If you’re like me, you’ve heard someone tell a story about how they met their best friend on the first day of classes, when they happened to sit next to them and strike up a conversation. My belief in these kinds of fateful meetings led me to have incredibly high expectations of how easy it would be to make friends on my first day of university. I would finally meet someone with whom I could connect, someone who would be by my side throughout the next four years of good times that were surely ahead of us.
While I found a seat in my very first class of my university career my excitement built, and the room filled with new students from all different countries, cultures, and as it was 8 AM, varying degrees of consciousness. Eventually one of the only available seats left was the one next to mine. To be completely honest, I don’t even remember who sat next to me. They plunked themselves down, flipped open their laptop, and before I could say “hello” began scrolling down their Facebook feed for the entirety of the class. And so, my first attempt at creating a friendship that would last a lifetime was obliterated.
I kept my hopes up, vowing to myself that I would find the friends I was looking for at the remaining frosh week events. Having only been introduced to alcohol in my last year of High School, I was not what you would call a partier. However, I managed to find a few people on my floor who were in the same boat as me, and we decided to head out together to a floor that was rumoured to be hosting a party.
To make a long story short, I ended up being quite drunk locked in a common room while campus security questioned several other frosh about the contents of their water bottles as well as their age. I was only saved by the virtue of the fact that I had finished my drink and thrown it out five minutes prior.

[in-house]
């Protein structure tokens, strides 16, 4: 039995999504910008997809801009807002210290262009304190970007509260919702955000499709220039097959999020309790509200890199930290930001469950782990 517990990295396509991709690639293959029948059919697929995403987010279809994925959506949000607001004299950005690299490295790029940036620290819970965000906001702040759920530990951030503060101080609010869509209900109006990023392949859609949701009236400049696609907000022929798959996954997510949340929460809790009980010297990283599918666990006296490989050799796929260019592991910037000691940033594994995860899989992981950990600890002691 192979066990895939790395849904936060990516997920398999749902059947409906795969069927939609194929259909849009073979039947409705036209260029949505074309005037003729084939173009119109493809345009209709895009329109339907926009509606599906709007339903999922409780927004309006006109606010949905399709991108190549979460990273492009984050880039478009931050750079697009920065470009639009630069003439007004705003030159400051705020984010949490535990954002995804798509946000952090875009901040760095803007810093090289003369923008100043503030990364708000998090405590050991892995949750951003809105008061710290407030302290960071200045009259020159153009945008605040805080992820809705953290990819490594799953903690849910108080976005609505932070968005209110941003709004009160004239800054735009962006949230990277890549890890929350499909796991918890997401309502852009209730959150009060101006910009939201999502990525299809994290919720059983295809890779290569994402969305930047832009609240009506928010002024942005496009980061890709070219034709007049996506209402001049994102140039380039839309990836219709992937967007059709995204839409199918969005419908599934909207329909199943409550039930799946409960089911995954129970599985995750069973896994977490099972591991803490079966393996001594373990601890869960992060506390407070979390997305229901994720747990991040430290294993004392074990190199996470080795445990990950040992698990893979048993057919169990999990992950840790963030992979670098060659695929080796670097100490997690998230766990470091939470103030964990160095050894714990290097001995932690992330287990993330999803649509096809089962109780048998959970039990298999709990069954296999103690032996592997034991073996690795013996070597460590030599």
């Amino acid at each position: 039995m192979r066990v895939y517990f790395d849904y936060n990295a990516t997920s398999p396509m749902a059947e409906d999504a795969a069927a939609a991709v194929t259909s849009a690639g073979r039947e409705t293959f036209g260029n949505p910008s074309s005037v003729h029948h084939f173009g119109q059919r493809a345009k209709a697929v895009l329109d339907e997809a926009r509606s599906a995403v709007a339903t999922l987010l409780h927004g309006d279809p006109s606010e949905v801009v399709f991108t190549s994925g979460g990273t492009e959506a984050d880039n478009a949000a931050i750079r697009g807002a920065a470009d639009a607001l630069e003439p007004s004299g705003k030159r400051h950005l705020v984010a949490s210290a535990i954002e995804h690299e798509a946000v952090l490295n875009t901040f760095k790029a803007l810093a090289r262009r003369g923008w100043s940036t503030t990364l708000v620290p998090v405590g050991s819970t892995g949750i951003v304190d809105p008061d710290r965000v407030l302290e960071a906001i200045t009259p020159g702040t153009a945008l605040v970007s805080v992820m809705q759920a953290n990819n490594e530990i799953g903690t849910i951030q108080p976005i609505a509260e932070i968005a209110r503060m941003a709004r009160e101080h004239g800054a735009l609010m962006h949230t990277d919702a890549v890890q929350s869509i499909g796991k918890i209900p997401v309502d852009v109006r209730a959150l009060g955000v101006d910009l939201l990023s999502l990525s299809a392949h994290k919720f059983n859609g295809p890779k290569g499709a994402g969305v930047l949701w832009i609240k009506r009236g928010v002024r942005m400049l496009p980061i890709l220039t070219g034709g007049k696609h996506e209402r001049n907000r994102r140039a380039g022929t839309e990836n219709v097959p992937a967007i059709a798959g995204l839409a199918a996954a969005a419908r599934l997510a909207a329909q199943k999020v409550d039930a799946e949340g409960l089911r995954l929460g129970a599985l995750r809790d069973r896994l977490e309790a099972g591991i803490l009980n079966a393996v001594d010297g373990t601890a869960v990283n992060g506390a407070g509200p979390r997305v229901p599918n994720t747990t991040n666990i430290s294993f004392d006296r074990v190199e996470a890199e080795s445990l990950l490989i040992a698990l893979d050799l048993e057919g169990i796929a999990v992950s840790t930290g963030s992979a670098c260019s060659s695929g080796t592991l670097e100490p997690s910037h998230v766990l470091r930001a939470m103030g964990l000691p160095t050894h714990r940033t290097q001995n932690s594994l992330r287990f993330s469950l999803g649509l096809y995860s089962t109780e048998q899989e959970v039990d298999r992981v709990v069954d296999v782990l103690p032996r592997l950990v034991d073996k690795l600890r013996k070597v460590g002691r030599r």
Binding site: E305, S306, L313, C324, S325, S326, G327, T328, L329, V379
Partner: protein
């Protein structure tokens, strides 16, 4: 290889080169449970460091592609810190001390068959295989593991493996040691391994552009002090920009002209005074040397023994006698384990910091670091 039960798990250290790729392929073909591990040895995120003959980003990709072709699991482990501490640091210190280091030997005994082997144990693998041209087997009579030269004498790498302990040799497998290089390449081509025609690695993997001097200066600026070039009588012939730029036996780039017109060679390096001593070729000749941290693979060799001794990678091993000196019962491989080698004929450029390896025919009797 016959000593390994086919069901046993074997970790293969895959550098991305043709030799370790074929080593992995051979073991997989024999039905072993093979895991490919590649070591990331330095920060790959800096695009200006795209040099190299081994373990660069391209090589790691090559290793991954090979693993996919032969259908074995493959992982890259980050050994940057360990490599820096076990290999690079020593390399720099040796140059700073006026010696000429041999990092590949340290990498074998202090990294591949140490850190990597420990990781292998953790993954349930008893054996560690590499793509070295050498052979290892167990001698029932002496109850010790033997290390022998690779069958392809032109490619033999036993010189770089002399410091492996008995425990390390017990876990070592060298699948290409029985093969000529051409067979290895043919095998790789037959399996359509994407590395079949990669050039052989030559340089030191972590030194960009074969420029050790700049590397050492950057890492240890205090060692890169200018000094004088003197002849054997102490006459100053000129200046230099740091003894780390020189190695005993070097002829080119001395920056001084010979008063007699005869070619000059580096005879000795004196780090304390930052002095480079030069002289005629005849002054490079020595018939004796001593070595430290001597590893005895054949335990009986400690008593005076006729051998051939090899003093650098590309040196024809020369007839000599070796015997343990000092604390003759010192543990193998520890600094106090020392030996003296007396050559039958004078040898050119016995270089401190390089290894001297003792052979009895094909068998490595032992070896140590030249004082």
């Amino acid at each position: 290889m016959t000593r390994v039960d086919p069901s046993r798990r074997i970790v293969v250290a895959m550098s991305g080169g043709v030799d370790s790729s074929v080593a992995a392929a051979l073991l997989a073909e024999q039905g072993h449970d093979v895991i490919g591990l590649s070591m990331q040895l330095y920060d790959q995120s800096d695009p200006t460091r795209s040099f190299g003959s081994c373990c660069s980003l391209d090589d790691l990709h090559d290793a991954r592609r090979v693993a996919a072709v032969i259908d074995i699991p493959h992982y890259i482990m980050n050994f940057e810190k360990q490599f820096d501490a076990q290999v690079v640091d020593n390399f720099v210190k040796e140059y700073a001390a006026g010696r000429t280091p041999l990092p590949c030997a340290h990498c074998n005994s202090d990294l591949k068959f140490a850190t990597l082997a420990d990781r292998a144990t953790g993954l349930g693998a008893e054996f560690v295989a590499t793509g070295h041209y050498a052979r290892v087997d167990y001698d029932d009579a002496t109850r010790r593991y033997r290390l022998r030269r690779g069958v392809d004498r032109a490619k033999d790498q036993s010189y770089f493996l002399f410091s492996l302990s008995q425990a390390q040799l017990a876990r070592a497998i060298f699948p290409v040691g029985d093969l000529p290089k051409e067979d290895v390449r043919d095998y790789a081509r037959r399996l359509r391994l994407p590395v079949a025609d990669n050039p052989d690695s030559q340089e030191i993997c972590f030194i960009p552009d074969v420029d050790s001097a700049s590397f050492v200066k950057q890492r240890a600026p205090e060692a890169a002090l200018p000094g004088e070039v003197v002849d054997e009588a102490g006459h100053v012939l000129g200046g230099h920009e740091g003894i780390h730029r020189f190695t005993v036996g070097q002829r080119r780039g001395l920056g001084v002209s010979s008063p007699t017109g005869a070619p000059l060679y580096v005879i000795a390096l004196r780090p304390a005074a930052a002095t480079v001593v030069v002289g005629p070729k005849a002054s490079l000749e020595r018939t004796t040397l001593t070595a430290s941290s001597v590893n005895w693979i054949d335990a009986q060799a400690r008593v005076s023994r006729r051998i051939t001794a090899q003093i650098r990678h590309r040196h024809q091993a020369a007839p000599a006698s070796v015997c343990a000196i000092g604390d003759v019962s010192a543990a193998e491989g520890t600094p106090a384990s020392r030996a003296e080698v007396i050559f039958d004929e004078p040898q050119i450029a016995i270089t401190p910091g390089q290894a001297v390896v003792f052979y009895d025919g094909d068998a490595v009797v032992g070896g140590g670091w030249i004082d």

For the first month of classes my life seemed to be a revolving door of people. I would study with someone or get coffee once or twice, and then the only time I heard from them would be a random Facebook post about exam stress, or how they’d hit a new low eating ramen noodles for breakfast.
Now going in to my third year, I have learned that friendships rarely happen instantaneously, and that the best way to create meaningful relationships, is to find something you’re interested in and go do it. While you’re doing activities that you enjoy, you’ll find yourself surrounded by others who share your interests, mindset, and goals. More often than not, these people are the friends who will support you through the rough times and be there to celebrate with you during the next four years of good times, which you surely have ahead of you.